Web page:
According to English calendar, the date of Baisakhi corresponds to April 13 every year and April 14 once in every 36 years.  This year it falls on the 13th of April. This difference in Baisakhi dates is due to the fact that the day of Baisakhi is reckoned according to the solar calendar and not the lunar calendar. Baisakhi is celebrated all over India under different names and different set of rituals and celebrations. Baisakhi date coincides with Rongali Bihu in Assam, Naba Barsha in Bengal, Puthandu in Tamil Nadu and Pooram Vishu in Kerala.

How Baisakhi is Celebrated

As the festival has tremendous importance in Sikh religion, major activities of the day are organized in Gurdwaras (places of worship).

People wake up early to prepare for the day. Many also take bath in the holy river to mark the auspicious occasion. After getting ready people pay a visit to their neighbourhood gurdwara and take part in the special prayer meeting organized for the day. The congregation receives specially prepared kara prasad (sacred pudding) or sweetened semolina. This is followed by a guru ka langar (community lunch).

Later, there is a Baisakhi procession under the leadership of Panj piaras. At the head of the procession are the Panj Piaras, symbolizing the journey made by the five fearless devotees from their homes to Anandpur, to be baptised by Guru Gobind Singh. Baisakhi processions are attended by men, women and children alike with faith and enthusiasm. The procession moves through major localities of the city and is welcomed by citizens and members of social and cultural societies. Colourful bhangra and gidda dance and there are mock duels are performed during Baisakhi processions. Another fascinating part of Baisakhi celebrations is the accompaniment of drummers, bands playing  and devotees singing religious songs and men swinging swords.

Loud Sikh chants of “Bole so nihal”, “Deg teg fateh” and rhythmic chants of “Sat nam” and “Wahe guru”  ring out from the middle of the singing and drumming. Some men may wear the headgear (bana) of Guru Nanak, others that of Guru Gobind Singh. At the end of the ceremony, Sikh religious leaders strive to promote the feeling of charity amongst people, especially children, in honor of Guru Gobind Singh.

In some places, especially Punjab, there are celebrations leading up to Baisakhi.

Celebrations in the Fields

Since Baisakhi is also celebrated as a harvest festival, farmers in Punjab celebrate Baisakhi with energetic performance of bhangra and gidda dance. Men and women clad themselves in their traditional Bhangra dress and dance to the beat of dhol in a joyful festive atmosphere.

Thanksgiving Day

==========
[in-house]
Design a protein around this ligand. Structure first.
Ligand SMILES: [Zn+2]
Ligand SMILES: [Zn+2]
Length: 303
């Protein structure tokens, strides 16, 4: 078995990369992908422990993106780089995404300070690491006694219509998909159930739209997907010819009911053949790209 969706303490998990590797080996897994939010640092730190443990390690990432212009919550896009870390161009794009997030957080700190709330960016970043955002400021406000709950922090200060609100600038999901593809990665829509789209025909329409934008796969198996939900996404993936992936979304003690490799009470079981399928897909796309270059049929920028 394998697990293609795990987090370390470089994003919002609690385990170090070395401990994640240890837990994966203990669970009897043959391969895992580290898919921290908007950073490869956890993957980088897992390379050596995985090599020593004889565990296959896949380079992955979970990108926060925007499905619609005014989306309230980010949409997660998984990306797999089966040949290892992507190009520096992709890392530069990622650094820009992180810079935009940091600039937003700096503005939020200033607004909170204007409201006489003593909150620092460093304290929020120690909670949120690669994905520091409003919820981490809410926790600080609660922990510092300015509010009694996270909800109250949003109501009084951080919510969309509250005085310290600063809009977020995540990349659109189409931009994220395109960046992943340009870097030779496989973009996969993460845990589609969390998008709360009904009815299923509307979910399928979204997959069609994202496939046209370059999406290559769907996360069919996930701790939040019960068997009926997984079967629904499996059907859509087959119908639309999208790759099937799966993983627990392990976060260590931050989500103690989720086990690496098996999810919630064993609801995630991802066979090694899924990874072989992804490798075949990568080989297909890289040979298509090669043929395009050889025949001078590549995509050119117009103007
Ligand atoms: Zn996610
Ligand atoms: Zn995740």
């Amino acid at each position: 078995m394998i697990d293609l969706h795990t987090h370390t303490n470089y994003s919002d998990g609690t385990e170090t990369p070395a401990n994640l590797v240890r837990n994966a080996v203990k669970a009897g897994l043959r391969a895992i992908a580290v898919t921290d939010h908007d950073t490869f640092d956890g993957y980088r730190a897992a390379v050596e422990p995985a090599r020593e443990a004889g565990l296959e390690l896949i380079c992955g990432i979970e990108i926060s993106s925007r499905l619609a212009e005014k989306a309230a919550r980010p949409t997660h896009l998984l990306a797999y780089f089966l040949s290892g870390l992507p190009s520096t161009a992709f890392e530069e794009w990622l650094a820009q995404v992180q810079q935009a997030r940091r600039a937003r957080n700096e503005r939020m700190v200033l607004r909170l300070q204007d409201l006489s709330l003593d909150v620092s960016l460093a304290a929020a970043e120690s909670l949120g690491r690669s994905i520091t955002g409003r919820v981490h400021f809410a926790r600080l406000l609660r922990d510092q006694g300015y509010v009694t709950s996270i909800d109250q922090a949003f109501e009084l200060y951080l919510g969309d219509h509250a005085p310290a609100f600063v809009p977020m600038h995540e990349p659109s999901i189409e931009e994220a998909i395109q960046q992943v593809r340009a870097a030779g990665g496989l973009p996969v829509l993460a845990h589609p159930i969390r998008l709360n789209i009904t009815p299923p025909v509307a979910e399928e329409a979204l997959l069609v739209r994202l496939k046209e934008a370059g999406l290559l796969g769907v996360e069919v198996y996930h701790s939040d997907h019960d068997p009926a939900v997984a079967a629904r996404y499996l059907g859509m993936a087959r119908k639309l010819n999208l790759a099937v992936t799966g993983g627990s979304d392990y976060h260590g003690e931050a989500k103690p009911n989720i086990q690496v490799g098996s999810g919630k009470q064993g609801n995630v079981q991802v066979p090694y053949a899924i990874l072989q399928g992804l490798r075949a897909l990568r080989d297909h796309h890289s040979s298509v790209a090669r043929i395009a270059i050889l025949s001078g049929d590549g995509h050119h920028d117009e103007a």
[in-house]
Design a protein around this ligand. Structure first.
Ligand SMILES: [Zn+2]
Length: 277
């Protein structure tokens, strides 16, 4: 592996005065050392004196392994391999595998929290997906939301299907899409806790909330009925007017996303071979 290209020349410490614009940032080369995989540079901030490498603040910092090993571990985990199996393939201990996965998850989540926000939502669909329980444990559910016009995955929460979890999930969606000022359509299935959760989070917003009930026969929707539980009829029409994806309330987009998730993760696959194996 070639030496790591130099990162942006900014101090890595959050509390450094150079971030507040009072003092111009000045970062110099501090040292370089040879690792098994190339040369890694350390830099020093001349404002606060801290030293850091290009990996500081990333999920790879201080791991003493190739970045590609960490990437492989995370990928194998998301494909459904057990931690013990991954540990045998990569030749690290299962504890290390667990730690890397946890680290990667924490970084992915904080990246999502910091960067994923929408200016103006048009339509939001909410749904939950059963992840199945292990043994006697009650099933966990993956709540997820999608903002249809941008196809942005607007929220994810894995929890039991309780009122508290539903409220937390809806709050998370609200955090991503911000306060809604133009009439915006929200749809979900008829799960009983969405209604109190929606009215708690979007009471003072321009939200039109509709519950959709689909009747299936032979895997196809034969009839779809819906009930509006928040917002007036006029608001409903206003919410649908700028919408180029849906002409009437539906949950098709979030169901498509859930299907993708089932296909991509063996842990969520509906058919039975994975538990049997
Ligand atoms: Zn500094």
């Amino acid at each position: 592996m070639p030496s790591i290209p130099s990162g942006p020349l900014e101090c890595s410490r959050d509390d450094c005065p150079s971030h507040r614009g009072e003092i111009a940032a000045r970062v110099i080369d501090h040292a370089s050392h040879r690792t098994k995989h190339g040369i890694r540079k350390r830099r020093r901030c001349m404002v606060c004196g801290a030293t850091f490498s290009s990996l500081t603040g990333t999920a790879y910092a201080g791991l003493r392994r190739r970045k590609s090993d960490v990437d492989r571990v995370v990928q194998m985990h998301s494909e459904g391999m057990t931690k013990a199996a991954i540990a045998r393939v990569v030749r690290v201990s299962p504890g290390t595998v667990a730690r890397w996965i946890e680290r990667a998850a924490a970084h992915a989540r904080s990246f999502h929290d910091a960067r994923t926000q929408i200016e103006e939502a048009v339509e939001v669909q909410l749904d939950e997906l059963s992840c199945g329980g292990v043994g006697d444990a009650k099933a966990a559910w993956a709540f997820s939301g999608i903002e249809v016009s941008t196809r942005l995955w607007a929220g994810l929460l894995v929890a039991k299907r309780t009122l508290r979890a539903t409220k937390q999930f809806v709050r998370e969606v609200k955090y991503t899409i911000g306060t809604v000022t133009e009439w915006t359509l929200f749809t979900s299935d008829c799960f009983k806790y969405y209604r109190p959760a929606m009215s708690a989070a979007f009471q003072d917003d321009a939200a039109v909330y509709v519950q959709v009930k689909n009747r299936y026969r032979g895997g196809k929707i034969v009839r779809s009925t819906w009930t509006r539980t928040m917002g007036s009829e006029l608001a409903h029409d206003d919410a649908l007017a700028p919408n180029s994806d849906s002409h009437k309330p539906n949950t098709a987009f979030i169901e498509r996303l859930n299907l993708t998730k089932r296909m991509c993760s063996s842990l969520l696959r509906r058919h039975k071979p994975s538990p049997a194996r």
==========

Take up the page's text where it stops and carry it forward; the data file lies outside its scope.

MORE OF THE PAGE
Festival of Baisakhi is celebrated as a Thanksgiving Day by the farmers. People wake up early on the day and take bath in rivers or pond water and pay a visit to the temple or gurdwara (Sikh worship place). Farmers thank god for the bountiful harvest and pray for prosperity in future also. Many people also perform charity on the day as a custom.

Baisakhi Fairs

Colourful Baisakhi Fairs are organized at several places in Punjab to mark the harvest festival of Baisakhi. Performance of bhangra and gidda dance besides other recreational activities make Baisakhi melas (gatherings) major crowd favorites. People also indulge in shopping and eating spree in the numerous stalls set up in the fairs.

The Date’s Significance

The date of Baisakhi is significant as it marks the sun’s entry into Mesh Rashi (astrological term). For this very reason, many people also know Baisakhi as Mesha Sankranti. The auspicious date of Baisakhi is celebrated all over India under many different names

For the agriculturally rich state of Punjab and Haryana, Baisakhi marks the time for harvest of rabi crops and is therefore extremely significant for the farmers. Baisakhi Festival is also celebrated as a Thanksgiving Day festival in these states.

Baisakhi is of major importance for the people following Sikh faith. As it was on a Baisakhi Day, in the year 1699 that the Tenth Guru of Sikhs, Guru Gobind Singh founded Khalsa Panth or the Order of Pure Ones and gave a unique identity to Sikhs. On the same day the guru administered amrit (nectar) to his first group of five disciples making them Singhs, a martial community. By doing so, he eliminated the differences of high and low and established that all human beings were equal.

The day of Baisakhi is of significance for the Hindus as it was on this day in 1875 that Swami Dayanand Saraswati founded the Arya Samaj – a reformed sect of Hindus who are devoted to the Vedas for spiritual guidance and have discarded idol worship. Besides, Baisakhi day is of relevance for the Buddhists as Gautama Buddha attained enlightenment and Nirvana on this auspicious day.


Baisakhi photo (top) by gabriellestoiaUgadi photo (rangoli) by Siddhartha Lammata.